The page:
We propose the use of a new contrast mechanism, Off Resonance Contrast Angiography (ORCA), to facilitate MR-guided endovascular procedures. ORCA relies on the observation that a paramagnetic contrast agent (such as gadolinium-DTPA) induces a frequency shift due to the bulk magnetic susceptibility effect of gadolinium. In essence, ORCA """"""""tunes in"""""""" the desired structures while """"""""tuning out"""""""" signals from other tissues. The method shows great promise for visualization and real-time tracking of angiographic catheters. ORCA is particularly attractive for MR-guided endovascular procedures for several reasons: (1) standard angiographic catheters containing low concentrations of gadolinium chelate are depicted with high conspicuity on projection images;(2) it enables real-time catheter tracking using a sliding window radial acquisition without undersampling artifact;(3) background tissues can be completely suppressed even after repeated infusions of contrast agent. In this proposal, we will evaluate BMS-induced frequency shifts using """"""""off the shelf"""""""" contrast agents, develop novel catheter designs and coatings that exploit the ORCA effect, and implement an ultra-fast MRI pulse sequence that incorporates real-time frequency adjustment for catheter tracking.
Our aims are as follows:
Specific Aim 1 : Parameterize the ORCA effect and determine the lowest concentration of contrast agent that allows adequate visibility of an MRI compatible catheter at 1.5 Tesla. Tasks involve: (1) systematically varying the concentrations of two MRI contrast agents, gadolinium-DTPA and ferumoxytol, to determine which holds the most promise for improving the conspicuity of catheters for interventional MRI, (2) designing radiofrequency pulses with properties that optimize catheter-to-background contrast.
Specific Aim 2 : Maximize catheter conspicuity using off-resonance imaging and modified catheter designs. Tasks involve: (1) measuring the resonance frequency of spins within and surrounding the lumen of a nylon catheter containing a dilute solution of paramagnetic contrast agent;(2) applying spherically-symmetrical frequency-shifting coatings to the surface of the guidewire in order to minimize orientation-dependence of the frequency shift and catheter conspicuity Specific Aim 3: Compare the utility of off-resonance and T1-dependent methods for passive catheter tracking using an in vivo model. Tasks will involve: (1) measurement of visualized catheter length and spatial fidelity using high frame-rate off-resonance and T1-based methods. A static, high-resolution 3D trueFISP acquisition will be the reference standard;(2) demonstrate capability for facilitating renal artery catheterization, comparing outcomes between the techniques using efficacy and safety as endpoints.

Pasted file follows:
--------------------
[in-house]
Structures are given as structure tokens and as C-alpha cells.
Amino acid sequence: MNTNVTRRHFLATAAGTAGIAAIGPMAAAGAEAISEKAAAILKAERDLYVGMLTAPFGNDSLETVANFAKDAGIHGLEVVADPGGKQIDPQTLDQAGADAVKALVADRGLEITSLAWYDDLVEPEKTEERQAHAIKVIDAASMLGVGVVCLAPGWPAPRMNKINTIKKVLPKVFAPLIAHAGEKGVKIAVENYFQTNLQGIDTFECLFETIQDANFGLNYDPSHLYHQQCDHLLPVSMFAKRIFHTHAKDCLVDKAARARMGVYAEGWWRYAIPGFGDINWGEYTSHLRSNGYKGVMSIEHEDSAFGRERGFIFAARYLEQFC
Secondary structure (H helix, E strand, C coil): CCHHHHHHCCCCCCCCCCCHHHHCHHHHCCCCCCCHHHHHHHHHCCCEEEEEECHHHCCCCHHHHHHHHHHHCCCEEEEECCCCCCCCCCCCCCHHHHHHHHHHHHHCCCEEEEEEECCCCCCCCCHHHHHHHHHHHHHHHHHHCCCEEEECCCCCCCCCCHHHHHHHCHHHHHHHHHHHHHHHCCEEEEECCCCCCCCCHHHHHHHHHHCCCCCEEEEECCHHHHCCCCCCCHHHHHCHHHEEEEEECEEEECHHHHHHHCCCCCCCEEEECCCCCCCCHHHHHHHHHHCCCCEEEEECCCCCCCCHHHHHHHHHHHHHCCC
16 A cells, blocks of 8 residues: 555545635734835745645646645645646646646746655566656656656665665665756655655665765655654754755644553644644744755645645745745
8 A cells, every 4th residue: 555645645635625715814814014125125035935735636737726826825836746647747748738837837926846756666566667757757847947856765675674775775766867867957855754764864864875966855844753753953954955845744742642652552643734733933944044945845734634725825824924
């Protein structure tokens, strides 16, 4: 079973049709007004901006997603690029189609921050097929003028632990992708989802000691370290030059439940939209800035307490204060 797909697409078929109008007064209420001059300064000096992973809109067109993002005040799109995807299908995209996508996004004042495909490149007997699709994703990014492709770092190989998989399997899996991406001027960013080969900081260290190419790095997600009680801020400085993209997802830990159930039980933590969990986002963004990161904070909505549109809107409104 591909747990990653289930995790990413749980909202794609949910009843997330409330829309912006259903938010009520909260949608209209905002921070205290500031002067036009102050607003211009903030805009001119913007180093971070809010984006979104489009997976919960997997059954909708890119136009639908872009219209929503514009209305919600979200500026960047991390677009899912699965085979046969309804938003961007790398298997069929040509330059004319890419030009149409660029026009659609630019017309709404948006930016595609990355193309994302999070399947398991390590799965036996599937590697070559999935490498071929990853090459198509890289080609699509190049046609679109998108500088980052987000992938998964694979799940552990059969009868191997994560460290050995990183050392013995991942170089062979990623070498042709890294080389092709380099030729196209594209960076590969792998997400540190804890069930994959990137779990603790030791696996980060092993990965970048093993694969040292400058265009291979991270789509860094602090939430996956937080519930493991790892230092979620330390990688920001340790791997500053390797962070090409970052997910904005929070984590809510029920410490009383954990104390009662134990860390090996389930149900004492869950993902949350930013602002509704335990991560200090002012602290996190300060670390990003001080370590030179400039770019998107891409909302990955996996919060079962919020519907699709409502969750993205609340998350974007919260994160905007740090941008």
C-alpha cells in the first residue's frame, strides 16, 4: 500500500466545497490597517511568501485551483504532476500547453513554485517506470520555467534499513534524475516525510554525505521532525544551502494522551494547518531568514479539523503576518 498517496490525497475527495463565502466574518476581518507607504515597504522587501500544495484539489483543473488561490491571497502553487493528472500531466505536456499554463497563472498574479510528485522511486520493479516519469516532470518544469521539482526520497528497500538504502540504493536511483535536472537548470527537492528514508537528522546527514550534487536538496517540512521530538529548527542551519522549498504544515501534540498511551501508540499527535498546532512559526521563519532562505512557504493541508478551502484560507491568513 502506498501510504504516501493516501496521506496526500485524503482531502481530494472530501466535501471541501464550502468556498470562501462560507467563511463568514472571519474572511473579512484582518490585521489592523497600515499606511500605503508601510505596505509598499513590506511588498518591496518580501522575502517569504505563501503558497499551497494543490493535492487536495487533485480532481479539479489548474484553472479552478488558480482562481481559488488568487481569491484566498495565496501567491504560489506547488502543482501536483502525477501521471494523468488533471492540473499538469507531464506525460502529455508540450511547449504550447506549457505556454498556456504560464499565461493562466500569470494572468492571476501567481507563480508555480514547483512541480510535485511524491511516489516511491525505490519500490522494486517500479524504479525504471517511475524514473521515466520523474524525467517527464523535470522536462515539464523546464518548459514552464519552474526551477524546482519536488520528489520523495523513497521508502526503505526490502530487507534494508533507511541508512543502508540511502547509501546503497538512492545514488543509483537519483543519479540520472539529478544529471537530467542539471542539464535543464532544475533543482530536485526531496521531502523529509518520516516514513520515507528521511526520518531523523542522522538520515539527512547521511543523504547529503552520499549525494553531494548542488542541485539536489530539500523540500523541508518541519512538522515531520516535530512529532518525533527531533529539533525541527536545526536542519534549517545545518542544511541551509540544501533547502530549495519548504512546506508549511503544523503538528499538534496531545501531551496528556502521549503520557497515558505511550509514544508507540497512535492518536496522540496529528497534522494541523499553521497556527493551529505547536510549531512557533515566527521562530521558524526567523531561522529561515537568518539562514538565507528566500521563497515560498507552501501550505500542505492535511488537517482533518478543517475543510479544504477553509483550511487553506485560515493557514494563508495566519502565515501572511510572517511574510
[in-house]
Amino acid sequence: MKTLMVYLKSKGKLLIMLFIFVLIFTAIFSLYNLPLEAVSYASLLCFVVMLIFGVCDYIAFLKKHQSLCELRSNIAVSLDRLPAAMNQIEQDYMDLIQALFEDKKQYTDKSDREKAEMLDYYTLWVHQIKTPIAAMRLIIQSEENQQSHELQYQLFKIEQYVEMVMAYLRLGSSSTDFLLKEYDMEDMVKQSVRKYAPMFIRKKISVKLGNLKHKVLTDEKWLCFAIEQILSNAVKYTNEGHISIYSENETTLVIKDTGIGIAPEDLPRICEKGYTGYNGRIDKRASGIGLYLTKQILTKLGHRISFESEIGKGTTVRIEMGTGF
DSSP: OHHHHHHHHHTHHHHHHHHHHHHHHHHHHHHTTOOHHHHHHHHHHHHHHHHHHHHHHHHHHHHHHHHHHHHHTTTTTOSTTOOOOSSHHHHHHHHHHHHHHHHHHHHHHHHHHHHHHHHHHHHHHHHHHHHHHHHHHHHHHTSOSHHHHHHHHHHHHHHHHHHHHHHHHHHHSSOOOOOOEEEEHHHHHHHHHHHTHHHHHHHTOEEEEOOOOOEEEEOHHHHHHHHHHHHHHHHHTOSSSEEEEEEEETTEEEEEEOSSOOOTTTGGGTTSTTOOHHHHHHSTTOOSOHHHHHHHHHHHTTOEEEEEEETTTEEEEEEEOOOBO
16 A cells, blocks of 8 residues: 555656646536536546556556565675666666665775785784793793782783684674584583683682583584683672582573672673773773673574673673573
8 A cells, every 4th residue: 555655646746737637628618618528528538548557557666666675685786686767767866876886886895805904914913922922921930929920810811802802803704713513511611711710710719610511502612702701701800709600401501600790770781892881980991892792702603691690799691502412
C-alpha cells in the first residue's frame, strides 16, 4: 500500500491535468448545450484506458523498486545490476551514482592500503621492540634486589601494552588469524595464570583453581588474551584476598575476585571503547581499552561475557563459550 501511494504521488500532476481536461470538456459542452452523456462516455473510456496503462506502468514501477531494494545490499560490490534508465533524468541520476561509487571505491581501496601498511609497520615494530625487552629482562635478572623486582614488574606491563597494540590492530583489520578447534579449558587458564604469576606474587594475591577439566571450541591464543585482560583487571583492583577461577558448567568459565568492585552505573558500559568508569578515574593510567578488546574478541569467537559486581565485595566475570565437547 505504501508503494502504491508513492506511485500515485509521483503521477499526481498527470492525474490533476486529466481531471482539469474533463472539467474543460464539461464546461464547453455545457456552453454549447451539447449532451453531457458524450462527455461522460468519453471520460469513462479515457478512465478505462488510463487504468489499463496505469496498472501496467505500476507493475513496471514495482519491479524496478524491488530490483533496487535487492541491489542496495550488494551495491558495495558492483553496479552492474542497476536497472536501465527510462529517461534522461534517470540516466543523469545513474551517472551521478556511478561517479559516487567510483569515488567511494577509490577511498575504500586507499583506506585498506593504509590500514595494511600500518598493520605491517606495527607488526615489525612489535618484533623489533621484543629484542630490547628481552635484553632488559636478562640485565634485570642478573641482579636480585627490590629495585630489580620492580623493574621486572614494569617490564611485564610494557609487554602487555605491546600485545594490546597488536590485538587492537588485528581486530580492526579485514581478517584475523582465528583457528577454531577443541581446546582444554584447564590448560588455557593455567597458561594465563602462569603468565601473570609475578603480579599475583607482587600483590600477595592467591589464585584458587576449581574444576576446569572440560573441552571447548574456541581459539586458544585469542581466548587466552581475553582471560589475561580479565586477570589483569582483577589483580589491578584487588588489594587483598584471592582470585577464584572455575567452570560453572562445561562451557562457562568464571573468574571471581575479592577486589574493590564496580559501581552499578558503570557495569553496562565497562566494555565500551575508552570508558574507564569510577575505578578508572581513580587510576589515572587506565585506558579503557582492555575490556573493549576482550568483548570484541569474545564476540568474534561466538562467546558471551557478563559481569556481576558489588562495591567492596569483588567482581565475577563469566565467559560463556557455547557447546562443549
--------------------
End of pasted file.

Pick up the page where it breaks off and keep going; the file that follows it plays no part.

Public Health Relevance

We have developed a novel magnetic resonance technology that could have broad applications to the diagnosis and therapy of vascular disorders. This study will result in a better understanding of the basic contrast mechanisms and will lead to improved treatment strategies for renovascular hypertension using MR-guided interventional procedures.

National Institute of Health (NIH)
National Heart, Lung, and Blood Institute (NHLBI)
Exploratory/Developmental Grants (R21)
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Special Emphasis Panel (ZRG1-SBIB-J (90))
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Evans, Frank
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Northshore University Healthsystem
United States
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